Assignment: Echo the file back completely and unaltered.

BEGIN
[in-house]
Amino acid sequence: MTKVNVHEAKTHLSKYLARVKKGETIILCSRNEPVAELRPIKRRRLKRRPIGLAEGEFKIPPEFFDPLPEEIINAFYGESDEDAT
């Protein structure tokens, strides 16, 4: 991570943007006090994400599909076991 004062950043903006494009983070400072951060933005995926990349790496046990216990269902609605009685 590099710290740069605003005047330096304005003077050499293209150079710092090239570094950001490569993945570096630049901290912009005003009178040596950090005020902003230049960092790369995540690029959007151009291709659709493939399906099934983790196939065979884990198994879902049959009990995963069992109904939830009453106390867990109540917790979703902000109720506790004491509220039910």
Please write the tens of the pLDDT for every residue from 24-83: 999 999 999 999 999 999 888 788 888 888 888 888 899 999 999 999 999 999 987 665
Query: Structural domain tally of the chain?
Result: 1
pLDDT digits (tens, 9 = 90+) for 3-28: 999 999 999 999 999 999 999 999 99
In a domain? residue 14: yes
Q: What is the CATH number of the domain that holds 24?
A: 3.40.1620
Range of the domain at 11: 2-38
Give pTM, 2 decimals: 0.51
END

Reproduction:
[in-house]
Amino acid sequence: MTKVNVHEAKTHLSKYLARVKKGETIILCSRNEPVAELRPIKRRRLKRRPIGLAEGEFKIPPEFFDPLPEEIINAFYGESDEDAT
């Protein structure tokens, strides 16, 4: 991570943007006090994400599909076991 004062950043903006494009983070400072951060933005995926990349790496046990216990269902609605009685 590099710290740069605003005047330096304005003077050499293209150079710092090239570094950001490569993945570096630049901290912009005003009178040596950090005020902003230049960092790369995540690029959007151009291709659709493939399906099934983790196939065979884990198994879902049959009990995963069992109904939830009453106390867990109540917790979703902000109720506790004491509220039910």
Please write the tens of the pLDDT for every residue from 24-83: 999 999 999 999 999 999 888 788 888 888 888 888 899 999 999 999 999 999 987 665
Query: Structural domain tally of the chain?
Result: 1
pLDDT digits (tens, 9 = 90+) for 3-28: 999 999 999 999 999 999 999 999 99
In a domain? residue 14: yes
Q: What is the CATH number of the domain that holds 24?
A: 3.40.1620
Range of the domain at 11: 2-38
Give pTM, 2 decimals: 0.51